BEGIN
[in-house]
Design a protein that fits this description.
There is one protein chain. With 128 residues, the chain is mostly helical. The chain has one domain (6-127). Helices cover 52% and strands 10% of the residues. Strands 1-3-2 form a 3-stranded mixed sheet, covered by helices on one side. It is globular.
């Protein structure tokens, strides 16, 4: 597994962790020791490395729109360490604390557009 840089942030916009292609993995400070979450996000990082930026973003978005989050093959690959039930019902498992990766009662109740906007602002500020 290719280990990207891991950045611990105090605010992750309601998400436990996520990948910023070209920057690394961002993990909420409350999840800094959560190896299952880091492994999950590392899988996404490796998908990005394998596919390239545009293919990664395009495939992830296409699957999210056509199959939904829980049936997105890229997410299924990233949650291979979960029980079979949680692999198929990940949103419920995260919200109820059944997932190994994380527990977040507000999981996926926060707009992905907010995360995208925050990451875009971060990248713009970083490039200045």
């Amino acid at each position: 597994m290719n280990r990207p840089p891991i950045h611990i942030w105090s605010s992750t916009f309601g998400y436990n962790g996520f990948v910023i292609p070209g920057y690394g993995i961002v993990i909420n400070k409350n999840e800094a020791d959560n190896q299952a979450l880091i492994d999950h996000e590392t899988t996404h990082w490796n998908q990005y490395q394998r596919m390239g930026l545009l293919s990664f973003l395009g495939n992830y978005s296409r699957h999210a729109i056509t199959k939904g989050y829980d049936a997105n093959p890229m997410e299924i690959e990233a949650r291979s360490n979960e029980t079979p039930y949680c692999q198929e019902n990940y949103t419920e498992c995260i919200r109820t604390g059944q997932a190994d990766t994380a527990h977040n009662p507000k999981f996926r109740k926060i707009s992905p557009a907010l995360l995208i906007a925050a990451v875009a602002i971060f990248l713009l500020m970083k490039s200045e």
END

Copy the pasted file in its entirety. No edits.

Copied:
[in-house]
Design a protein that fits this description.
There is one protein chain. With 128 residues, the chain is mostly helical. The chain has one domain (6-127). Helices cover 52% and strands 10% of the residues. Strands 1-3-2 form a 3-stranded mixed sheet, covered by helices on one side. It is globular.
């Protein structure tokens, strides 16, 4: 597994962790020791490395729109360490604390557009 840089942030916009292609993995400070979450996000990082930026973003978005989050093959690959039930019902498992990766009662109740906007602002500020 290719280990990207891991950045611990105090605010992750309601998400436990996520990948910023070209920057690394961002993990909420409350999840800094959560190896299952880091492994999950590392899988996404490796998908990005394998596919390239545009293919990664395009495939992830296409699957999210056509199959939904829980049936997105890229997410299924990233949650291979979960029980079979949680692999198929990940949103419920995260919200109820059944997932190994994380527990977040507000999981996926926060707009992905907010995360995208925050990451875009971060990248713009970083490039200045």
């Amino acid at each position: 597994m290719n280990r990207p840089p891991i950045h611990i942030w105090s605010s992750t916009f309601g998400y436990n962790g996520f990948v910023i292609p070209g920057y690394g993995i961002v993990i909420n400070k409350n999840e800094a020791d959560n190896q299952a979450l880091i492994d999950h996000e590392t899988t996404h990082w490796n998908q990005y490395q394998r596919m390239g930026l545009l293919s990664f973003l395009g495939n992830y978005s296409r699957h999210a729109i056509t199959k939904g989050y829980d049936a997105n093959p890229m997410e299924i690959e990233a949650r291979s360490n979960e029980t079979p039930y949680c692999q198929e019902n990940y949103t419920e498992c995260i919200r109820t604390g059944q997932a190994d990766t994380a527990h977040n009662p507000k999981f996926r109740k926060i707009s992905p557009a907010l995360l995208i906007a925050a990451v875009a602002i971060f990248l713009l500020m970083k490039s200045e």